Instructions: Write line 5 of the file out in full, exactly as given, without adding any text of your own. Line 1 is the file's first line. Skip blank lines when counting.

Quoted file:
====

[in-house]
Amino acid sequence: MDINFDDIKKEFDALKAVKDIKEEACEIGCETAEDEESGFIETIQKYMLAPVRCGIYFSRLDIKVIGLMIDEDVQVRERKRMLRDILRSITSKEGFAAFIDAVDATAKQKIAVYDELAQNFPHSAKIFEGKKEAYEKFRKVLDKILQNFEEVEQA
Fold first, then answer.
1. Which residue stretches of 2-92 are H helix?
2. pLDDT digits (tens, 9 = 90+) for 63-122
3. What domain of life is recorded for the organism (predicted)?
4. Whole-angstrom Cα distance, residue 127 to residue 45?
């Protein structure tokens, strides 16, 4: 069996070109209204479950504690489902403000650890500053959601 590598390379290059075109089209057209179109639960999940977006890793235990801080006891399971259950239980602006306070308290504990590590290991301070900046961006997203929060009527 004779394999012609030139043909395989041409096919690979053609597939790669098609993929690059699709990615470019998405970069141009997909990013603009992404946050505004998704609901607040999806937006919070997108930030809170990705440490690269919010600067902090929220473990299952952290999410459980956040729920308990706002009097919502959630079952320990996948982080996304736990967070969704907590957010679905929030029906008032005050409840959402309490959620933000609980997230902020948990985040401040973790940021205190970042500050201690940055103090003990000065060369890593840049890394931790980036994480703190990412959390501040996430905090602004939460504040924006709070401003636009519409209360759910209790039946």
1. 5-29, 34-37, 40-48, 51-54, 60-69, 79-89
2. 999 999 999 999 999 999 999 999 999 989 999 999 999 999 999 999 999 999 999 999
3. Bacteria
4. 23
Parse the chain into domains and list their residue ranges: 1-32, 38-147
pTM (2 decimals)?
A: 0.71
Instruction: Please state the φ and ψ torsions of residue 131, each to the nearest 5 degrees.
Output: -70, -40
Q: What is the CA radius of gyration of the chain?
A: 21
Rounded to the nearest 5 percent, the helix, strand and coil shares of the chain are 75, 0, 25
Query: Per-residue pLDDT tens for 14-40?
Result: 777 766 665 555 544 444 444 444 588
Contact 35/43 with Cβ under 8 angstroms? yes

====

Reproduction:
2. pLDDT digits (tens, 9 = 90+) for 63-122